Whatever it is that makes you happy and distressed, go do it. Nurture your inner artist by taking a step back to reenergize and refocus. 

3. Collaborate with Other Videographers

Working with the same people for too long can lead to stale ideas.  Without creative new ideas, video can start to feel routine.

Take a step outside of your comfort zone and collaborate with new videographers. If you usually work alone, try working with a team. If you work with the same team all the time, switch it up for a project or two and invite a new member to your crew. The fresh set of eyes may provide the perfect jumpstart you need.

Video is still the same medium you fell in love with years ago. Don’t let creative fatigue steal your passion away from you. Rediscover your passion and awaken the artist within.

AuthorStudio Now

Aputure DEC Lens Adapter

It's been almost two months since NAB 2015, yet we are still feeling the effects. New product videos are rolling out all the time and exciting new gear is popping up everywhere on film blogs. 

This month we caught word of the Aputure DEC Lens Adapter. This device not only acts as an adapter for EF to E mount and EF to MFT, but it also comes with a wireless remote that allows the user to control focus and aperture with the turn of a dial and a push of a button.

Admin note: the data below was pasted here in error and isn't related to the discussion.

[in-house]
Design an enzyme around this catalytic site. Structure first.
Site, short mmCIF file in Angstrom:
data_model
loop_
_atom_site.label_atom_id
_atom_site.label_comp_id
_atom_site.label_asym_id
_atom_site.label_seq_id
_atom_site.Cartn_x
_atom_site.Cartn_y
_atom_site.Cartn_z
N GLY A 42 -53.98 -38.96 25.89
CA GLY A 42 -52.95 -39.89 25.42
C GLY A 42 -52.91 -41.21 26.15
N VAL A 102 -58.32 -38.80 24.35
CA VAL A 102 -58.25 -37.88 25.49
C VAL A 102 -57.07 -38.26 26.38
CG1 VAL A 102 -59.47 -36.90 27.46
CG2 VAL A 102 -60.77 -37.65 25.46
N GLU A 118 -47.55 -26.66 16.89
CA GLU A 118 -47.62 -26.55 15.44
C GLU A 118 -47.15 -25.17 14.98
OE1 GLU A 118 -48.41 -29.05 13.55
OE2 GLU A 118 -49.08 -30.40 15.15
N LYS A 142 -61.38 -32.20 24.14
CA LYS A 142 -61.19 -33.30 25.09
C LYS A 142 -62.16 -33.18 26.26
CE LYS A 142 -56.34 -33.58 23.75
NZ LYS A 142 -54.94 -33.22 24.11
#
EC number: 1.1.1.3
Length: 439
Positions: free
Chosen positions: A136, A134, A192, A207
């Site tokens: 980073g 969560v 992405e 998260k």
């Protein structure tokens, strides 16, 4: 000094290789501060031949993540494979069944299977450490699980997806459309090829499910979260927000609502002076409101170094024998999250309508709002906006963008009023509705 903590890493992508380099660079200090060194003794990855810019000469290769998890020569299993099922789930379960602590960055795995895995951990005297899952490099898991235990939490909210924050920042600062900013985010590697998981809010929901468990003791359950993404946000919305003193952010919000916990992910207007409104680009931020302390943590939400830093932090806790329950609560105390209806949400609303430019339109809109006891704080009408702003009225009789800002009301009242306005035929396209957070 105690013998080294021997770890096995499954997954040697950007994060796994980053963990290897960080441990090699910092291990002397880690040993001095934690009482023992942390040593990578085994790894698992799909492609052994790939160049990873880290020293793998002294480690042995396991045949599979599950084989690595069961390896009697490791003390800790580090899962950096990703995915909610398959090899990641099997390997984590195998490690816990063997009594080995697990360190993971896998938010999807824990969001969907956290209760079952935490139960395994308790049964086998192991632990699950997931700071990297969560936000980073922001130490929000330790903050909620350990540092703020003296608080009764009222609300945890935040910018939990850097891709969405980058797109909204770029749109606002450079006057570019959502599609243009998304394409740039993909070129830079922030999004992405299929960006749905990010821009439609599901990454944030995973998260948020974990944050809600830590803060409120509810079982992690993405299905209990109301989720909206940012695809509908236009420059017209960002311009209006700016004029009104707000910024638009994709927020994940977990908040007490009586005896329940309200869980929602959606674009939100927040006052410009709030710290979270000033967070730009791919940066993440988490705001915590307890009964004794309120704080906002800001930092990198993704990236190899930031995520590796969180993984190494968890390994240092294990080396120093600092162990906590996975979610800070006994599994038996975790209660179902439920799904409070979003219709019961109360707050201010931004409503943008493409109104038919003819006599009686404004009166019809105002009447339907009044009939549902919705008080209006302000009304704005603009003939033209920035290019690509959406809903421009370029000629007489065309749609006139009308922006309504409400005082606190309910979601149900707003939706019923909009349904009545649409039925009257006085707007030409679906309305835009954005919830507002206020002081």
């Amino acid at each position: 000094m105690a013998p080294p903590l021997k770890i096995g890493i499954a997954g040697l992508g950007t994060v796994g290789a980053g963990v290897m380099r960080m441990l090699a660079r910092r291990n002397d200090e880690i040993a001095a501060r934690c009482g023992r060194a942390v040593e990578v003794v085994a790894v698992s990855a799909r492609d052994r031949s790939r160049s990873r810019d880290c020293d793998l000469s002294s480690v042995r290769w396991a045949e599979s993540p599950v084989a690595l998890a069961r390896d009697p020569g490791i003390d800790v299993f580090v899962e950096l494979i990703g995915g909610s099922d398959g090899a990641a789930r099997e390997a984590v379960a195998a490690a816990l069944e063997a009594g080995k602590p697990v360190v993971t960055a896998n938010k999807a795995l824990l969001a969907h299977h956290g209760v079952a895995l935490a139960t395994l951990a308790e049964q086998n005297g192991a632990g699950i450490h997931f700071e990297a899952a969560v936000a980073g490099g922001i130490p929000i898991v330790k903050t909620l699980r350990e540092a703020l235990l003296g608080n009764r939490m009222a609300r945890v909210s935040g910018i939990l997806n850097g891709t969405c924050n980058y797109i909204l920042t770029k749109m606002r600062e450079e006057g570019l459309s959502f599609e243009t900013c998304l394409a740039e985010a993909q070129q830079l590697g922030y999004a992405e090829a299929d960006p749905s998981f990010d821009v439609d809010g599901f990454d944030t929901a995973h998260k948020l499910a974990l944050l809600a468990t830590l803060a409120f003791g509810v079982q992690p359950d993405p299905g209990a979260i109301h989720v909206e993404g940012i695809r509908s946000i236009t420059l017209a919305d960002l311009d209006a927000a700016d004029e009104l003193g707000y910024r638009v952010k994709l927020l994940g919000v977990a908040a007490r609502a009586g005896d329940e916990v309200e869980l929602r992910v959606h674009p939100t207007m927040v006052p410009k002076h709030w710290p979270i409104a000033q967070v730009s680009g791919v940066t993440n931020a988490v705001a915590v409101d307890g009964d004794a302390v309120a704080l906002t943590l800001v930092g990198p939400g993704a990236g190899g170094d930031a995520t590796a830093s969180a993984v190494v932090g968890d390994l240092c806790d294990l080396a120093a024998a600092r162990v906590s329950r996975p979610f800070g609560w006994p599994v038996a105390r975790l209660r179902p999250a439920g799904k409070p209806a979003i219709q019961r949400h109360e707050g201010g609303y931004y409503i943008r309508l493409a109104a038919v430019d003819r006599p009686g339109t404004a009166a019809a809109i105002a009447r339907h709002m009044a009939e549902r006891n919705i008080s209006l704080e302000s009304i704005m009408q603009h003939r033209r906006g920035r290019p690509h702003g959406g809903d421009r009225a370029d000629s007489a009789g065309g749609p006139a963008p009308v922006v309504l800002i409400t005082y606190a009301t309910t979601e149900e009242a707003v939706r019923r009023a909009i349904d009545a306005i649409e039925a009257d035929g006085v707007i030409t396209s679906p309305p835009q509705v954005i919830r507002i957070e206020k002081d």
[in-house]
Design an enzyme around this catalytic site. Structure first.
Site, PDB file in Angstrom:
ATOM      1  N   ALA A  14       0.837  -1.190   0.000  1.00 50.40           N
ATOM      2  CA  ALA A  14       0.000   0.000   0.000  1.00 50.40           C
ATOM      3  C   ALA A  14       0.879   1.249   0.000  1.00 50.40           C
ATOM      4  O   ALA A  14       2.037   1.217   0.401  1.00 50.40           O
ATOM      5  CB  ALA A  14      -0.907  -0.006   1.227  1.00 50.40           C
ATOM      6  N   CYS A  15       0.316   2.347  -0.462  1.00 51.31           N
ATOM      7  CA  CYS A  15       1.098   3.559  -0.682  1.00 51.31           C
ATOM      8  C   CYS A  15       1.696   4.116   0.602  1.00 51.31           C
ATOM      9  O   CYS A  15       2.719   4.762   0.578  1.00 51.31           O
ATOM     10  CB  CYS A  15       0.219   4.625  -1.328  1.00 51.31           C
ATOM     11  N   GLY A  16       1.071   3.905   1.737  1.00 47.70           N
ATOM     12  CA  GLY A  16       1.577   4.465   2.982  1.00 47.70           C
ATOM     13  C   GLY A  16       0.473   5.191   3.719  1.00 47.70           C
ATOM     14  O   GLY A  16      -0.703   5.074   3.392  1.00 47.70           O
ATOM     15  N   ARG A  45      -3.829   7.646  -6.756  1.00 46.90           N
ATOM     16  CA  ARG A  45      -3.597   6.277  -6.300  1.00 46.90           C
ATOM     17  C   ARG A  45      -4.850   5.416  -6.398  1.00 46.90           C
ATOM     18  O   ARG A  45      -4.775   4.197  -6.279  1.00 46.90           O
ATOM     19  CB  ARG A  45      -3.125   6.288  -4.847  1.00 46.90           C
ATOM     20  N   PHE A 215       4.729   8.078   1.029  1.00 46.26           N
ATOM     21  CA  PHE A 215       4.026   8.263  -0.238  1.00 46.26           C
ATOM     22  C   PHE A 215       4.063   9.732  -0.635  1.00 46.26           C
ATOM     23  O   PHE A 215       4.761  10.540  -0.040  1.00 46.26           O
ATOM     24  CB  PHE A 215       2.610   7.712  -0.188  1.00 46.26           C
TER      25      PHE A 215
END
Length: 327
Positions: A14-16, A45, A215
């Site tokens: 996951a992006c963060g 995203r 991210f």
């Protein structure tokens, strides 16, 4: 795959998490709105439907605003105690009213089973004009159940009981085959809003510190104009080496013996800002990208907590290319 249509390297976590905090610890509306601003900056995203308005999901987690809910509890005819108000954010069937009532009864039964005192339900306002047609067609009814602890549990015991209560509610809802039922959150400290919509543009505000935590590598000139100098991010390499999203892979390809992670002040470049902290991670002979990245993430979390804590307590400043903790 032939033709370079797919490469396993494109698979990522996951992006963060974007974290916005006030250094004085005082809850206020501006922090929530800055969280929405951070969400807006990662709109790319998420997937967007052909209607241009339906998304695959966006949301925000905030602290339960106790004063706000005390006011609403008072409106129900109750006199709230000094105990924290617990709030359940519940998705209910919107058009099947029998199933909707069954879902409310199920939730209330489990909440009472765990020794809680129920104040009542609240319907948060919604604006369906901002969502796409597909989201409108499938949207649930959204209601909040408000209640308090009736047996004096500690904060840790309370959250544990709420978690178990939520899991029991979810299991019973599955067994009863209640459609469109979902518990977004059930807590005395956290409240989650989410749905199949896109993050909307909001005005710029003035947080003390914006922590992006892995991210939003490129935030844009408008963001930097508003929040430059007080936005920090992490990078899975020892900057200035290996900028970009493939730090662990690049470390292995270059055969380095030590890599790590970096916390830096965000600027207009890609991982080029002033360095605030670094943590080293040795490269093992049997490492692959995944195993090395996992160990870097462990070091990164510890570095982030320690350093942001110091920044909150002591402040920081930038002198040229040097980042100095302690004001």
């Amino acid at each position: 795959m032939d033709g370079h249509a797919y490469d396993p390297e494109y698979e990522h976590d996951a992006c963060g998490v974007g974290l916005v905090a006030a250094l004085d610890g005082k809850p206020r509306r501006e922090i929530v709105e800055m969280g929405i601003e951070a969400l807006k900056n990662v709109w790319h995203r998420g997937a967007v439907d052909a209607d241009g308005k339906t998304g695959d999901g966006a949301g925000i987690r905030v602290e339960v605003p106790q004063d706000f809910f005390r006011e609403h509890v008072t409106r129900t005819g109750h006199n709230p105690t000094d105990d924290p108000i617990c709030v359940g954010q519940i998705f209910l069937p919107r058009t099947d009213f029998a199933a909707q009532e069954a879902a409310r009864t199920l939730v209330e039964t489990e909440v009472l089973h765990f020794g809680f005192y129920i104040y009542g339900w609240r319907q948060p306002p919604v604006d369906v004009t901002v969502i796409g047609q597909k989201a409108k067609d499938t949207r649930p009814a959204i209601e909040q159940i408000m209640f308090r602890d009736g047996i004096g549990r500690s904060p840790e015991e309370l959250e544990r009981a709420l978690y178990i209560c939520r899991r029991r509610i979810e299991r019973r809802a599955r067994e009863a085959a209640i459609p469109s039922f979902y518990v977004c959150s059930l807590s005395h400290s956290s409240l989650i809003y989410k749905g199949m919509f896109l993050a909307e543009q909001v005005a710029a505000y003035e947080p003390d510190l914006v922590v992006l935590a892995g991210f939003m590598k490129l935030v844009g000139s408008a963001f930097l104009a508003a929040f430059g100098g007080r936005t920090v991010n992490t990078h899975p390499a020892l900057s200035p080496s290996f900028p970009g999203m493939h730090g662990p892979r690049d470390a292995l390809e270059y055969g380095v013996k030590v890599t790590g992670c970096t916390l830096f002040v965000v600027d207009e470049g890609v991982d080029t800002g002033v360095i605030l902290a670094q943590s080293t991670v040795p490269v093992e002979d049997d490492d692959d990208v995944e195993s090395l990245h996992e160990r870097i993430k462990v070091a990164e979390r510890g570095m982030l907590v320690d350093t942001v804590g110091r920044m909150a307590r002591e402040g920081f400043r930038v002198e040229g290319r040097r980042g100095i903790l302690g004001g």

Here's why we think the Aputure DEC Lens Adapter is awesome:

  1. There are 2 adapter options- Canon EF to Sony E mount, or Canon EF to MFT. In other words, you can attach Canon lenses to the hugely popular Sony a7s, Panasonic GH4, or Black Magic Pocket Camera. 
  2. You can pull focus without ever touching the lense using the fluid dial on the wireless remote. 
  3. The DEC remote allows you to set A and B focus points for quick and accurate pulls. 
  4. The adapter/remote also includes aperture adjustment, which means no more fiddling with dials on your camera. 
  5. The Aputure DEC remote is ergonomic and easily mountable to your rig. Because it is so lightweight we could see this being especially useful on a Gimbal system. 
  6. The Price: The Aputure DEC comes in at a price of $390, which is actually comparable to most lens adapters that don't have such capabilities.